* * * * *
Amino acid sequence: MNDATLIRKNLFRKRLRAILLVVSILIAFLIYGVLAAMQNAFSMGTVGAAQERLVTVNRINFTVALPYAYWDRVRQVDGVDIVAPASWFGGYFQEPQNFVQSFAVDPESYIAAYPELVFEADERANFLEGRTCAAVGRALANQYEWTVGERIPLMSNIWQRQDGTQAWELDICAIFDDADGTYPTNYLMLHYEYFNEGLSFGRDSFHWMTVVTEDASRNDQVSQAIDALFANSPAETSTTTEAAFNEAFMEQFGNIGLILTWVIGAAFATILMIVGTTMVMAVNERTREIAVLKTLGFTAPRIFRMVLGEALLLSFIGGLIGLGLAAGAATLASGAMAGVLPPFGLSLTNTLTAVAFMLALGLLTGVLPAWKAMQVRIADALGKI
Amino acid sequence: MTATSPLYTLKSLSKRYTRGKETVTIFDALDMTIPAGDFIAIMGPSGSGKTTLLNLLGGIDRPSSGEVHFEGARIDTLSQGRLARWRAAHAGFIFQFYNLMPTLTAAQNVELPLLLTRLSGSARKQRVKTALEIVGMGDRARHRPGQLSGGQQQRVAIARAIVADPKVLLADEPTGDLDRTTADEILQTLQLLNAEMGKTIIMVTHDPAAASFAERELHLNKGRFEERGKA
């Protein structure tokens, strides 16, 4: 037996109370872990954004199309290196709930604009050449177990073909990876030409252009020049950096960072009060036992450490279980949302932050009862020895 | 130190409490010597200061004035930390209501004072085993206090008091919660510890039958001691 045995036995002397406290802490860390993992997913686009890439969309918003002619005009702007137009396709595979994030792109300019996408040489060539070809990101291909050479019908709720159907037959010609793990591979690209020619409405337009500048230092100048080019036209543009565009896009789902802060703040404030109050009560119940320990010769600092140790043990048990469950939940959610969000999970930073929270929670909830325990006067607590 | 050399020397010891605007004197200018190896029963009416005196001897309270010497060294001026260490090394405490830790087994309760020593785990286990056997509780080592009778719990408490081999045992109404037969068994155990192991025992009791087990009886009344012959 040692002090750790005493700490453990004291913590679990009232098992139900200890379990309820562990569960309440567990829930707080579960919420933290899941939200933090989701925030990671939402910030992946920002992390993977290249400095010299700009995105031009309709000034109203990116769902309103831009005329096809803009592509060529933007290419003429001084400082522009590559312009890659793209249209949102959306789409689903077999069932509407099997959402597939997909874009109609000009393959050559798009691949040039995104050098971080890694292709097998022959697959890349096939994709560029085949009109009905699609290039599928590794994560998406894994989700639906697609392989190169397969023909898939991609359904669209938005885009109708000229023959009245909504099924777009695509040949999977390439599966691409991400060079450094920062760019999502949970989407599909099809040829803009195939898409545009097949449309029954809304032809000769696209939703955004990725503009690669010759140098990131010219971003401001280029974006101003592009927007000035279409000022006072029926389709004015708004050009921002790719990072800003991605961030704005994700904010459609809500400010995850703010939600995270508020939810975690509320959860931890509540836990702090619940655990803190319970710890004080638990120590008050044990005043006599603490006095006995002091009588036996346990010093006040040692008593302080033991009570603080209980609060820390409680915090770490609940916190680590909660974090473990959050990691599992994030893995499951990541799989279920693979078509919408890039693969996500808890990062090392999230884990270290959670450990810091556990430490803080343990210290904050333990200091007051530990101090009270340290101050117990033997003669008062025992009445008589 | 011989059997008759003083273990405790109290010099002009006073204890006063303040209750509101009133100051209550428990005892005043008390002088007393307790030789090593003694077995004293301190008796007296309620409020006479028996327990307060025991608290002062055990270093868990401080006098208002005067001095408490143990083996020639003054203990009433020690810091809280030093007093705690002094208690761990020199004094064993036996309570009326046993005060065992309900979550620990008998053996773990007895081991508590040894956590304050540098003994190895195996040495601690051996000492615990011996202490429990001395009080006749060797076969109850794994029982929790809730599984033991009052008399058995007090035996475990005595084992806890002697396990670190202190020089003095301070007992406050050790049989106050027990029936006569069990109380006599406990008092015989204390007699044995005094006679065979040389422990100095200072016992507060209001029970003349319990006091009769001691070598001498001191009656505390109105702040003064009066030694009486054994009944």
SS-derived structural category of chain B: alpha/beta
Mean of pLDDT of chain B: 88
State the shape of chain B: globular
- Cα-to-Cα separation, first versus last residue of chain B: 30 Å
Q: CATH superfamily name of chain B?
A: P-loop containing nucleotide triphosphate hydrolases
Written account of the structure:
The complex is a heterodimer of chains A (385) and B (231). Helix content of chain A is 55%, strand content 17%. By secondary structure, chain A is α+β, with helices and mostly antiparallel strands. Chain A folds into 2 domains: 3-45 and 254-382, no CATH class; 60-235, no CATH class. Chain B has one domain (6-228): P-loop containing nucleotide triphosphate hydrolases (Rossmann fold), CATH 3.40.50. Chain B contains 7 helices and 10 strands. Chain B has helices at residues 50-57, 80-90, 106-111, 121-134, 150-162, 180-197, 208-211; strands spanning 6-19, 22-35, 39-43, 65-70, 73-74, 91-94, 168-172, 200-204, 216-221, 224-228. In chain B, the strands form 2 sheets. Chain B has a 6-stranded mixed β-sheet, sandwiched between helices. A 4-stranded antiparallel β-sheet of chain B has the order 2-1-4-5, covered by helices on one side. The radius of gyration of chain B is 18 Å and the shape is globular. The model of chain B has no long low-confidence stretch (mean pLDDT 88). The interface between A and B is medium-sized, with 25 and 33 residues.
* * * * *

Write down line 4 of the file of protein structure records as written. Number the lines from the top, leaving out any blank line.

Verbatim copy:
SS-derived structural category of chain B: alpha/beta